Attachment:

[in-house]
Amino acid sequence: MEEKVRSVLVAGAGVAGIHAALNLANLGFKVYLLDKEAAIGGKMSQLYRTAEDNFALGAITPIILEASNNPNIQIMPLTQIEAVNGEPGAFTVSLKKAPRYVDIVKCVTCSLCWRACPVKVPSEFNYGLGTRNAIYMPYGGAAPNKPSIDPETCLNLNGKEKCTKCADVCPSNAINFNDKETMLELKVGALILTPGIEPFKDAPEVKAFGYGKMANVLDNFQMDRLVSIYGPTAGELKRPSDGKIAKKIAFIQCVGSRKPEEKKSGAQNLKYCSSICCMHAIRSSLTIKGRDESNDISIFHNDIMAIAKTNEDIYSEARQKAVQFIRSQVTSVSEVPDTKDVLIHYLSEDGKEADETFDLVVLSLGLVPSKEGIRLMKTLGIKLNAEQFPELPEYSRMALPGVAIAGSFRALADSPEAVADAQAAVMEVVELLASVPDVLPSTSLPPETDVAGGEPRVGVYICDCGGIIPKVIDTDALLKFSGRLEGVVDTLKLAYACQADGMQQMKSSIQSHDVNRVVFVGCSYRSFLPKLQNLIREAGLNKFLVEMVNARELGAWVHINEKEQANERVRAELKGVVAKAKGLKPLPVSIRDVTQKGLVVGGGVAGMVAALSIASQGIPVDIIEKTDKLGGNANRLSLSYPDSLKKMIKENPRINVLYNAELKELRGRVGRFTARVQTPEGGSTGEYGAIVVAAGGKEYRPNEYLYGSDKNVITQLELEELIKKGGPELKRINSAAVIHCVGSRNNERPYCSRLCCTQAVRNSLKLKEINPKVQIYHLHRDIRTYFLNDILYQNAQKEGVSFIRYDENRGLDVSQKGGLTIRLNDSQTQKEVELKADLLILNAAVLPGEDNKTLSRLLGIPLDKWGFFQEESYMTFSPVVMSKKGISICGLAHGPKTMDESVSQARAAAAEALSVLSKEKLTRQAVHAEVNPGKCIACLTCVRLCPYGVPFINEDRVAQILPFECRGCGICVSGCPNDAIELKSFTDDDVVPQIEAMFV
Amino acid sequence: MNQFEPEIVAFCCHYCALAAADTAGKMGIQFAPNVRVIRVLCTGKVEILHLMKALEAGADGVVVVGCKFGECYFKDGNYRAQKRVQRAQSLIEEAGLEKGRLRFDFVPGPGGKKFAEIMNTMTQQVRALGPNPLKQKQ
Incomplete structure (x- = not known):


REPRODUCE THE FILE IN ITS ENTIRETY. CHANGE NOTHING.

[in-house]
Amino acid sequence: MEEKVRSVLVAGAGVAGIHAALNLANLGFKVYLLDKEAAIGGKMSQLYRTAEDNFALGAITPIILEASNNPNIQIMPLTQIEAVNGEPGAFTVSLKKAPRYVDIVKCVTCSLCWRACPVKVPSEFNYGLGTRNAIYMPYGGAAPNKPSIDPETCLNLNGKEKCTKCADVCPSNAINFNDKETMLELKVGALILTPGIEPFKDAPEVKAFGYGKMANVLDNFQMDRLVSIYGPTAGELKRPSDGKIAKKIAFIQCVGSRKPEEKKSGAQNLKYCSSICCMHAIRSSLTIKGRDESNDISIFHNDIMAIAKTNEDIYSEARQKAVQFIRSQVTSVSEVPDTKDVLIHYLSEDGKEADETFDLVVLSLGLVPSKEGIRLMKTLGIKLNAEQFPELPEYSRMALPGVAIAGSFRALADSPEAVADAQAAVMEVVELLASVPDVLPSTSLPPETDVAGGEPRVGVYICDCGGIIPKVIDTDALLKFSGRLEGVVDTLKLAYACQADGMQQMKSSIQSHDVNRVVFVGCSYRSFLPKLQNLIREAGLNKFLVEMVNARELGAWVHINEKEQANERVRAELKGVVAKAKGLKPLPVSIRDVTQKGLVVGGGVAGMVAALSIASQGIPVDIIEKTDKLGGNANRLSLSYPDSLKKMIKENPRINVLYNAELKELRGRVGRFTARVQTPEGGSTGEYGAIVVAAGGKEYRPNEYLYGSDKNVITQLELEELIKKGGPELKRINSAAVIHCVGSRNNERPYCSRLCCTQAVRNSLKLKEINPKVQIYHLHRDIRTYFLNDILYQNAQKEGVSFIRYDENRGLDVSQKGGLTIRLNDSQTQKEVELKADLLILNAAVLPGEDNKTLSRLLGIPLDKWGFFQEESYMTFSPVVMSKKGISICGLAHGPKTMDESVSQARAAAAEALSVLSKEKLTRQAVHAEVNPGKCIACLTCVRLCPYGVPFINEDRVAQILPFECRGCGICVSGCPNDAIELKSFTDDDVVPQIEAMFV
Amino acid sequence: MNQFEPEIVAFCCHYCALAAADTAGKMGIQFAPNVRVIRVLCTGKVEILHLMKALEAGADGVVVVGCKFGECYFKDGNYRAQKRVQRAQSLIEEAGLEKGRLRFDFVPGPGGKKFAEIMNTMTQQVRALGPNPLKQKQ
Incomplete structure (x- = not known):